June was another strong month for returns across the board. Red ink was banished among the major asset classes for the third time this year on a monthly calendar basis. The big winner last month: emerging market stocks, which climbed 2.7% on a total return basis in June–the fifth straight monthly gain for this slice of equities. Ignoring the perennially flat performance of cash (3-month T-bills), last month’s “loser”: US investment-grade bonds in broad terms via the Barclays Aggregate Index, which advanced a mere 0.05% in June.
Given the bullish tailwind, it’s no surprise to find that June was kind to the Global Market Index (GMI), an unmanaged benchmark that holds all the major asset classes in market-value weights. GMI posted its fifth straight monthly gain, rising 1.4% in June. For the year so far, GMI is up a solid 5.7 %.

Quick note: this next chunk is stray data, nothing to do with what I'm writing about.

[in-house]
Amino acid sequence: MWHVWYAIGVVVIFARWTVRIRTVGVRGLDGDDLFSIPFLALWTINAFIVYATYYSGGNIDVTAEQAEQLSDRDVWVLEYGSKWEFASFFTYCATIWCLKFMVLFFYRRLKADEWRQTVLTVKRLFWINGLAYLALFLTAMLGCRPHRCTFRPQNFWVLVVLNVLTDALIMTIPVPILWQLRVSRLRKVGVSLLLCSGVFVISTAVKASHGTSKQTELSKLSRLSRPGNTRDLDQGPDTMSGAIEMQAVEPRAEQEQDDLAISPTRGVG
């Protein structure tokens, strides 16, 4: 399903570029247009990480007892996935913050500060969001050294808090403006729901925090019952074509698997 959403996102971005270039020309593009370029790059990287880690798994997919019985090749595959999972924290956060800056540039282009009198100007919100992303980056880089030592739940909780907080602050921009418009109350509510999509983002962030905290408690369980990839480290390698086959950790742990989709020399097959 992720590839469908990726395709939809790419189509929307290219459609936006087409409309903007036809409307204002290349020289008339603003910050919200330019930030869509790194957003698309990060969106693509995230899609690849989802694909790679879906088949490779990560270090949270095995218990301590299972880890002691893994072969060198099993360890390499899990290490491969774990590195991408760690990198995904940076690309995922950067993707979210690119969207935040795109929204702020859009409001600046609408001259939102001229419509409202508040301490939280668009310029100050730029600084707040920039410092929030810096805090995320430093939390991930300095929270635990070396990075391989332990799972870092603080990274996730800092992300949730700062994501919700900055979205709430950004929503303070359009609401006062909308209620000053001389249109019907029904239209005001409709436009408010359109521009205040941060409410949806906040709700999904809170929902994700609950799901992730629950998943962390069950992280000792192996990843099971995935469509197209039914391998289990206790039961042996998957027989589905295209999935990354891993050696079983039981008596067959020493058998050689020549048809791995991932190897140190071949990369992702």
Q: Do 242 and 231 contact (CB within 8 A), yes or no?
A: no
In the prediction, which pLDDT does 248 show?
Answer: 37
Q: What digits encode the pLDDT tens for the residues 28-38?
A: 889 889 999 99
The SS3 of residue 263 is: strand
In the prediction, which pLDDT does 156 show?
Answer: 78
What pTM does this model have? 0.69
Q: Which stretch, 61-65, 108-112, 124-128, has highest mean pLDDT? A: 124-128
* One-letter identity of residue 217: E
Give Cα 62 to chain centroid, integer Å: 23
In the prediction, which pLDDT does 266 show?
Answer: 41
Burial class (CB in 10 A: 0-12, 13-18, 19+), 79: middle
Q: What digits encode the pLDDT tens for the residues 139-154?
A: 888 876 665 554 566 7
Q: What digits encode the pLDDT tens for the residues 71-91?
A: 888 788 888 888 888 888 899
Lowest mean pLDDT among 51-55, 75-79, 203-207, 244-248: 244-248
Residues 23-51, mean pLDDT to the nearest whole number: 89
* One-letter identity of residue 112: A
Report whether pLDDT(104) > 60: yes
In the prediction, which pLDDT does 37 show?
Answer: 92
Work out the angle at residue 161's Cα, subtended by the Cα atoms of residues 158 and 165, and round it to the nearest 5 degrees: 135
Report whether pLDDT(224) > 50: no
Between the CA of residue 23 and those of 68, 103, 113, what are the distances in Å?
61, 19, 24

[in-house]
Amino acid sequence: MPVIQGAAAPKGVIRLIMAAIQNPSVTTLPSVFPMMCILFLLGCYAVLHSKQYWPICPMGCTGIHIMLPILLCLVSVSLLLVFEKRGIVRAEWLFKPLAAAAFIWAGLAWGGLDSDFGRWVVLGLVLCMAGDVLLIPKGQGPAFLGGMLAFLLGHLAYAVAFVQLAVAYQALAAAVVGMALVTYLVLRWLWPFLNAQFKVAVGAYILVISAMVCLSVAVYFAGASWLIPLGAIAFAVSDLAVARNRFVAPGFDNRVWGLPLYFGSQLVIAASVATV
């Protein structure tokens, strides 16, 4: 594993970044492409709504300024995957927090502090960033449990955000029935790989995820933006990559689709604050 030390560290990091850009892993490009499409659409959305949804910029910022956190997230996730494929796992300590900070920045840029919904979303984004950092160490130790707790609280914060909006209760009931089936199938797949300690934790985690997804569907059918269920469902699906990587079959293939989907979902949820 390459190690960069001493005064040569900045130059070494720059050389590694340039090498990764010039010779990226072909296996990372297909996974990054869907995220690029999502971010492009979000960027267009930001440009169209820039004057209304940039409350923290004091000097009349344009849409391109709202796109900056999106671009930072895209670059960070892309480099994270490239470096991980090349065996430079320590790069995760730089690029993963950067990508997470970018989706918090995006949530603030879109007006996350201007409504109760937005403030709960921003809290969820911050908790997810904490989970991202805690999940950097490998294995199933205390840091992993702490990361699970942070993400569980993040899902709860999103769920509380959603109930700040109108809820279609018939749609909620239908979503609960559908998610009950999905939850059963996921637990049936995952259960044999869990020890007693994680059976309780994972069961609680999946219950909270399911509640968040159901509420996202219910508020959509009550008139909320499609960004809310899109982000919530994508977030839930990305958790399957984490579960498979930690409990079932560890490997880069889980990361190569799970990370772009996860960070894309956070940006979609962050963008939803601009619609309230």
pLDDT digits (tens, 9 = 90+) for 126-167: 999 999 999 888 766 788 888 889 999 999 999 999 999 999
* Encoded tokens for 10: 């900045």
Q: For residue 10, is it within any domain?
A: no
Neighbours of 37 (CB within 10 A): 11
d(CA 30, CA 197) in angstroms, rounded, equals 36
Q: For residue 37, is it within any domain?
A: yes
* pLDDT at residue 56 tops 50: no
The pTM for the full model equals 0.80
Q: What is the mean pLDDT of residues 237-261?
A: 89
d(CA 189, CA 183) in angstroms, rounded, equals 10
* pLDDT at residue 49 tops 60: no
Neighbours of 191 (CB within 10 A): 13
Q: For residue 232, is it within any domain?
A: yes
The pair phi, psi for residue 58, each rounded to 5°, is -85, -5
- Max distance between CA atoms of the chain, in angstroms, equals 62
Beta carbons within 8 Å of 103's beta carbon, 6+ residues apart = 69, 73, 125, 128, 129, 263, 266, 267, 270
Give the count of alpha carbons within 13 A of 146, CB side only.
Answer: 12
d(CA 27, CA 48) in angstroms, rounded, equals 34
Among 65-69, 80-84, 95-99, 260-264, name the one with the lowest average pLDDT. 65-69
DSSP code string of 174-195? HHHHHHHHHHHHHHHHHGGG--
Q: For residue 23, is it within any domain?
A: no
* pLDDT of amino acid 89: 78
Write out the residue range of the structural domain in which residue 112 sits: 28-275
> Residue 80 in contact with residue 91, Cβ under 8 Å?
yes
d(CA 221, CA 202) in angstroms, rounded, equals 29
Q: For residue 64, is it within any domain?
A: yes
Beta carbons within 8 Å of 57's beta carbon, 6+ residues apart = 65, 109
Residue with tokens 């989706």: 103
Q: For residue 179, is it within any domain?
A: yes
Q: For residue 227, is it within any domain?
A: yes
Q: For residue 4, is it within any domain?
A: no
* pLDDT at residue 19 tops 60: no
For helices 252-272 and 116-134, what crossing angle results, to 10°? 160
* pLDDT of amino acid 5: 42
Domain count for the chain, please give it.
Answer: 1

Even more impressive, GMI’s trailing one-year return is 17%–the highest year-over-year comparison for the benchmark since the mid-way mark in 2011. On a trailing five-year basis, GMI’s 10.9% annualized total return is the most since May 2008. In short, bullish momentum has paid off handsomely. Accordingly, rebalancing and related techniques that seek to keep a healthy balance between greed and fear have all the appeal of a wet dish rag at 2014’s halfway point. Looks can be deceiving, of course, as can rear-view mirrors as they relate to the future. Nonetheless, risk management is a tough sell at the moment and will remain so… until it’s not.